Forgiveness

The other day I was walking with God and processing my hurt over a friendship that has greatly faded under the intense rays of distance and neglect. It was some healthy, gut-level vulnerability as I expressed my frustration and disappointment and confessed my need to surrender – yet again – my emotions and unmet expectations at His feet.  As I walked the mulched trails, I went back and forth between surrendering my feelings and wallowing in them a little longer.  I muttered some indictment about actions speaking louder than words, blah, blah, blah.

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*Photo Credit: Matt Champlin

After one pretty decent wallowing when I was finally quiet for a second, I sensed God asking me a question. I should have kept muttering like usual but I stopped to listen…

“So …. you are angry with this person for doing to you what you do to me?”

Ouch.

I could almost see the twinkle in God’s eye around the log in my own. It was said in complete love and grace, with a decent dose of smirk. (God and I speak smirk a lot.)

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Love-Crazy Father

Rembrandt's "Return of the Prodigal Son"

Rembrandt’s “Return of the Prodigal Son”

This Sunday I’m preaching on the story of the Prodigal Son (or as I prefer to call it – The Story of the Love-Crazy Father). It was the assigned text for this Sunday and also happens to be my favorite parable told by Jesus.

For most of my life, I focused predominately on the prodigal son. Because I get him. I am him. Most of my faith journey with God has consisted of me sneaking back to the pig pen to stay the night because I feel like that is where I deserve to sleep and exist. I felt so unworthy of the outrageous love of my Father and the lavished banquet He wants to throw for me. I thought that my big brother was right to be mad that I didn’t get justice but rather mercy. But now I know that the love crazy Father is the heart of the story.

It is really only recently that God has convinced me that I actually hurt Him by my refusal to receive His love. God weeps over us when shame and self-hatred immobilize us. God is the father who ran to His lost son when he came limping home. God is the one who interrupts our lame apology speeches in order to get the celebration started.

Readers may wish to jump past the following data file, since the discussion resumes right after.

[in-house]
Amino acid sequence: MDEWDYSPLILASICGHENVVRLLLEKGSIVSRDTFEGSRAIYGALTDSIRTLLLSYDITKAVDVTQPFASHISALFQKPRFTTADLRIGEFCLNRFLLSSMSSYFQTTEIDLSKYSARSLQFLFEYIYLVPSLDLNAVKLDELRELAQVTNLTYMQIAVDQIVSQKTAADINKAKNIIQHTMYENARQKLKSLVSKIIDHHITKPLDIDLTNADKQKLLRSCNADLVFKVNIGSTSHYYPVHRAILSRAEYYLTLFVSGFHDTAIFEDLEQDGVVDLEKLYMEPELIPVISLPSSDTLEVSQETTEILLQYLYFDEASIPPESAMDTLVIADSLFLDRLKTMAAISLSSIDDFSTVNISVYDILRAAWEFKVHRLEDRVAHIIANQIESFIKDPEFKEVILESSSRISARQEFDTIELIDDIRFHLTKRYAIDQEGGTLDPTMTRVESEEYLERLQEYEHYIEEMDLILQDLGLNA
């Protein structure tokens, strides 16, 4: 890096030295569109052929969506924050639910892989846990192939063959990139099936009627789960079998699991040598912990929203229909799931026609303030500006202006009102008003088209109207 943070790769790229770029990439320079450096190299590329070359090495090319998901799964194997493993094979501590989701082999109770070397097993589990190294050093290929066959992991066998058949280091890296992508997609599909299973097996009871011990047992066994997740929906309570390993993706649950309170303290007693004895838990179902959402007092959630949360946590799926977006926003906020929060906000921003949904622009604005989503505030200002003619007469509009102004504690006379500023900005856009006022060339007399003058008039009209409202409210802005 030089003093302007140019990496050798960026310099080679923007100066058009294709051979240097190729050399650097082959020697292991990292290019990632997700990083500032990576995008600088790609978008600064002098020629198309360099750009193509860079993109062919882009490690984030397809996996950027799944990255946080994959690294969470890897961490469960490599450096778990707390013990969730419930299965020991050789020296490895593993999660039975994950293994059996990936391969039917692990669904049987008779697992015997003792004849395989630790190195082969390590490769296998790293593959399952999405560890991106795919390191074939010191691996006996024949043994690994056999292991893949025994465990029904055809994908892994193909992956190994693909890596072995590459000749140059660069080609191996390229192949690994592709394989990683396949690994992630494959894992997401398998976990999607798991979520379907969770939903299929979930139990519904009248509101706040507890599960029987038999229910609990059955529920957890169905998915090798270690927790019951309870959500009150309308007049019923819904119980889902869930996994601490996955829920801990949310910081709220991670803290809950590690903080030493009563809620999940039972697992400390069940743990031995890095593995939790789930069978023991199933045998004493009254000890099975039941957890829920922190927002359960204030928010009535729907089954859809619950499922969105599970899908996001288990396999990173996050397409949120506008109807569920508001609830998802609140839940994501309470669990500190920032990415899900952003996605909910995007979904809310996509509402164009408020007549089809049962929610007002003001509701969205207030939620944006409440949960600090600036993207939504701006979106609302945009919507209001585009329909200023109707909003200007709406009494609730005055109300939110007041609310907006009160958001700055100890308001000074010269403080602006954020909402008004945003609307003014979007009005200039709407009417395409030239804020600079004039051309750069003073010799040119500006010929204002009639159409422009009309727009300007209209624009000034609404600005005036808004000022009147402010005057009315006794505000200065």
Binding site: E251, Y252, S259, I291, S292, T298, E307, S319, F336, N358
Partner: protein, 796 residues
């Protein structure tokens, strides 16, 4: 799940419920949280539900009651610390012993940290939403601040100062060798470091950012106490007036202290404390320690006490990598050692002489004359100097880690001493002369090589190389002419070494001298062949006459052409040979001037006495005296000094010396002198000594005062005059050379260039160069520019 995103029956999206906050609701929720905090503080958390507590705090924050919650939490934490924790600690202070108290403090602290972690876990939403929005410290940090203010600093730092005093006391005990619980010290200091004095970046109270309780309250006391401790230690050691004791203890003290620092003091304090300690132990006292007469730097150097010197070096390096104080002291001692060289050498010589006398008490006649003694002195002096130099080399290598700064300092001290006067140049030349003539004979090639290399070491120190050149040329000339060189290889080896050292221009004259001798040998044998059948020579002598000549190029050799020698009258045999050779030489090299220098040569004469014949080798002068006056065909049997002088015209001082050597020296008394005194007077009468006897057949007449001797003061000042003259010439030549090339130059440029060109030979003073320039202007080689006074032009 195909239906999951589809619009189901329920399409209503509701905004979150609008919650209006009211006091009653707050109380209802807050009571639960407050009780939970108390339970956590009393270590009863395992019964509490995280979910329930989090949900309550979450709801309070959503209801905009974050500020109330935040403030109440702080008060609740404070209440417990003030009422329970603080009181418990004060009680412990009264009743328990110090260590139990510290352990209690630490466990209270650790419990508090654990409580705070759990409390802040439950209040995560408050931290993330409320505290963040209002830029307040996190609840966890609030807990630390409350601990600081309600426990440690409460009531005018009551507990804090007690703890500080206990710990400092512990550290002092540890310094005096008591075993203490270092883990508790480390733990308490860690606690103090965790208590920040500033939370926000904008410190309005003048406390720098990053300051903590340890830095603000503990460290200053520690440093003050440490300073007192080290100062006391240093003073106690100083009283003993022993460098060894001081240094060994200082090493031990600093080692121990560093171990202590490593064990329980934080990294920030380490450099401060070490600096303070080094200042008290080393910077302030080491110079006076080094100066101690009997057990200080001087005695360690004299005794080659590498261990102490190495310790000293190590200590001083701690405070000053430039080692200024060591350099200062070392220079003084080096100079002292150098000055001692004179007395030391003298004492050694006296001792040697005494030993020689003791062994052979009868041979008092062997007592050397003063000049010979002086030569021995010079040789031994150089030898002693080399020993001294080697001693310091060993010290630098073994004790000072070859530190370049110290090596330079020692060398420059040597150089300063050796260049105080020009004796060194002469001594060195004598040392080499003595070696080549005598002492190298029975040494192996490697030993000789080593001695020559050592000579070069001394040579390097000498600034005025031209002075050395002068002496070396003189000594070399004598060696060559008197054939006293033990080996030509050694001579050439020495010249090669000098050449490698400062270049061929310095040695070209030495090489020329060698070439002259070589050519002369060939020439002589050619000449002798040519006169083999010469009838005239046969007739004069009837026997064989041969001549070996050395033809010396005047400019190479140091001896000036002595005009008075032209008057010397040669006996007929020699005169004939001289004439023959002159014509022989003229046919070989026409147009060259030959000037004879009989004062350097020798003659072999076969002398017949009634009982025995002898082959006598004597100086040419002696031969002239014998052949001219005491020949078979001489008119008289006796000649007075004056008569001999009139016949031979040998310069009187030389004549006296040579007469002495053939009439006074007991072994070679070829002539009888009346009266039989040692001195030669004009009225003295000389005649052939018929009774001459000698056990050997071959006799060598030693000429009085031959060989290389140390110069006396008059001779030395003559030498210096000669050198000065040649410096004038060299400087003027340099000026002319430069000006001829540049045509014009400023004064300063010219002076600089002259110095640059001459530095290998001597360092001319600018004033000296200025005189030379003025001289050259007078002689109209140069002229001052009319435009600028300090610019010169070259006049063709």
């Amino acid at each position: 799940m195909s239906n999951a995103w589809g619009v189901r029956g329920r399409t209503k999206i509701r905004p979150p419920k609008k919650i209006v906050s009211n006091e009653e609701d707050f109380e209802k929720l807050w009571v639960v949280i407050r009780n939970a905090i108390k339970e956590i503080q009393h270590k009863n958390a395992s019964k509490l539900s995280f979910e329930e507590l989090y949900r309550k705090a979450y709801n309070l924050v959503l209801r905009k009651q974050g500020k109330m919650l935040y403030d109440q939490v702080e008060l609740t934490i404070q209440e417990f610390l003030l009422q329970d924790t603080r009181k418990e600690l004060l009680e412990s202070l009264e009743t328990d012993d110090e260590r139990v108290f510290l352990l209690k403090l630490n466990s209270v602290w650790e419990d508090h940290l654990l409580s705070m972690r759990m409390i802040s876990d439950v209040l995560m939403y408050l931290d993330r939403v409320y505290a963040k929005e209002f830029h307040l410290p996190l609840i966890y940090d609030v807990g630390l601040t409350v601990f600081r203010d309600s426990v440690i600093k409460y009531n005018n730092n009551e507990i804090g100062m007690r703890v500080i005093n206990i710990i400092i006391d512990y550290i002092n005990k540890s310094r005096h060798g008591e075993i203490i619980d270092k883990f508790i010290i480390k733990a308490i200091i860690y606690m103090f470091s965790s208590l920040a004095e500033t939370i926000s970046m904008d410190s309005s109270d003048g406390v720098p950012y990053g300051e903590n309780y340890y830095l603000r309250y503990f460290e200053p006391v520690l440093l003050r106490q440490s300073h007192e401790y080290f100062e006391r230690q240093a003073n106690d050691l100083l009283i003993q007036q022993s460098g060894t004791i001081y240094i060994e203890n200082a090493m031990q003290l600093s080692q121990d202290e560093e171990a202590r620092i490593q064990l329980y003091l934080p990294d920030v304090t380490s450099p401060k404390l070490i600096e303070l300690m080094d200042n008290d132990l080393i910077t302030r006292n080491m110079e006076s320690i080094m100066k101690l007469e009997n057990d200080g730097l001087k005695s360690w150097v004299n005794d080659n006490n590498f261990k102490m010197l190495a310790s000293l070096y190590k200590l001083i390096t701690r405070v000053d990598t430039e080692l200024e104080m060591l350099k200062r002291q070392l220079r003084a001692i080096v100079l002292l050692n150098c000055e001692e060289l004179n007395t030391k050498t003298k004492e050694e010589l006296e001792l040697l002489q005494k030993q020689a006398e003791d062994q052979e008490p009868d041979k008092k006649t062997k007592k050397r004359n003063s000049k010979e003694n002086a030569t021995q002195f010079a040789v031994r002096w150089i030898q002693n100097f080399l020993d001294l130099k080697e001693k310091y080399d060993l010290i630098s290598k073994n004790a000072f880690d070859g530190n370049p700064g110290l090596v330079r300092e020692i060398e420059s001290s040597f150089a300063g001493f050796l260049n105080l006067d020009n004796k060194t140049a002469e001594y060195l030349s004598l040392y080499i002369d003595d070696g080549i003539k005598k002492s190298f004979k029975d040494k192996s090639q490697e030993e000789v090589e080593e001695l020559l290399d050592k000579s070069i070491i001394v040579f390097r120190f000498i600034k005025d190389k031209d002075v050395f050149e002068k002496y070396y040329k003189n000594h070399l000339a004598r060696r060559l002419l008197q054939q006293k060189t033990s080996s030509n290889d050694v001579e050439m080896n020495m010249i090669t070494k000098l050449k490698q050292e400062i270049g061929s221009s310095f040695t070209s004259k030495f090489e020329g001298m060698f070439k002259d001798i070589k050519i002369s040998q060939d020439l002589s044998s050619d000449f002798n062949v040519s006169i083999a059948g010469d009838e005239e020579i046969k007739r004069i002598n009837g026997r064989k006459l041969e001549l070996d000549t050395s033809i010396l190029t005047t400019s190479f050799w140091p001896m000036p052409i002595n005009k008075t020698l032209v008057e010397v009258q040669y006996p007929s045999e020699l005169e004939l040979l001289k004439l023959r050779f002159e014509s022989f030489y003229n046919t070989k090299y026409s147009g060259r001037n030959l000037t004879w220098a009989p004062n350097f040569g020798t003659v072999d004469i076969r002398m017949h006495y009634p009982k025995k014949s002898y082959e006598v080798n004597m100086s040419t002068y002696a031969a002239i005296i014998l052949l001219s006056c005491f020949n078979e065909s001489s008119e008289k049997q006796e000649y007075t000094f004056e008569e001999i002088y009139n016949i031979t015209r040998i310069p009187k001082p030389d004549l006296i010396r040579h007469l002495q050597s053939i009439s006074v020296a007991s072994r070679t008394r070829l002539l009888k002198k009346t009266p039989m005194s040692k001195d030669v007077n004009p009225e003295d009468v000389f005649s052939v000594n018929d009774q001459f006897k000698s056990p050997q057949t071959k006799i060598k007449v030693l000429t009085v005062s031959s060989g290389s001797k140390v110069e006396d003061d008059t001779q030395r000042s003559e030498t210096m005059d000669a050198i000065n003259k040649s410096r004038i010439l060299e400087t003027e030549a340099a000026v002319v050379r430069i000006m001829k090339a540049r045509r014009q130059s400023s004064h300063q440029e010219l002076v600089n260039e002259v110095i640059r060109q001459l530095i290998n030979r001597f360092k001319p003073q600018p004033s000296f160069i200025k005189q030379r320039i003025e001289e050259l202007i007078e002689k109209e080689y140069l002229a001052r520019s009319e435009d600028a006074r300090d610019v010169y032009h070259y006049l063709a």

Oddly, it is because I love Him so much and can’t stand to hurt Him that I was willing to try receiving His love without pity or pride. To learn to enjoy Him and His extravagant love.

Like the confused and self-hating son, I’ve thought my restoration will come in my repentance. But restoration is only found in love – sincere acceptance of God’s overwhelming, foolish, unexplainable, unmeasurable love. Running into the embrace of our merciful Father who has been pacing on the road waiting for us to come home is the ultimate finish line. Believing that the minute the Father saw us limping home, His joy at our return erases every pain from our earlier departure is the beginning of our new life with Him.

God has never asked or wanted me to earn His love. It is laughable to even think it is possible. But beyond laughable, it is hurtful to Him whose only desire is to love us with a crazy, over-the-top love. If my niece or nephew held my love at bay because they didn’t think they deserved it, it would crush me.  If a friend didn’t let me love on him or her with small, unexpected surprises, it steals from me. God’s lavish love has nothing to do with my worth but everything to do with His love. His only desire is for us to receive His love and live out of that great love. Our restoration and the restoration of others will follow.

Repentance is an expression of gratitude rather than an effort to earn forgiveness. Thus the sequence of forgiveness and then repentance, rather than repentance and then forgiveness, is crucial for understanding the gospel of grace. (Brennan Manning, The Ragamuffin Gospel, 75.)

Secret to Joy

There are four commonalities among those who live joy-filled lives:

  • a feeling of being forgiven;
  • forgiving others;
  • a feeling of life purpose;
  • a strong sense of gratitude.

Gratitude drives joy. When we focus on what we have rather than what we don’t have, we are grateful. And that brings us joy.

For each of us, one of these four commonalities will be a weakness at various seasons of live. They may switch around and move on us depending on life circumstances that we allow to toss us about like waves in the ocean. Learning to intentionally pursue these four commonalities will develop the kind of life that I believe most individuals desire.

At this stage of life, a feeling of life purpose is my struggle. I’m camped out on this idea of life purpose and what truly I should be doing with my life. I’m aware that until I feel that my life has purpose, my joy will be incomplete. Whether it means doing something different with my life or seeing my life differently, I have to feel purpose in how I”m living my life in order to live the joy-filled life that I desire.

What about you? Do you agree with these four commonalities? Is there one that you struggle with and that is keeping you from living a joy-filled life?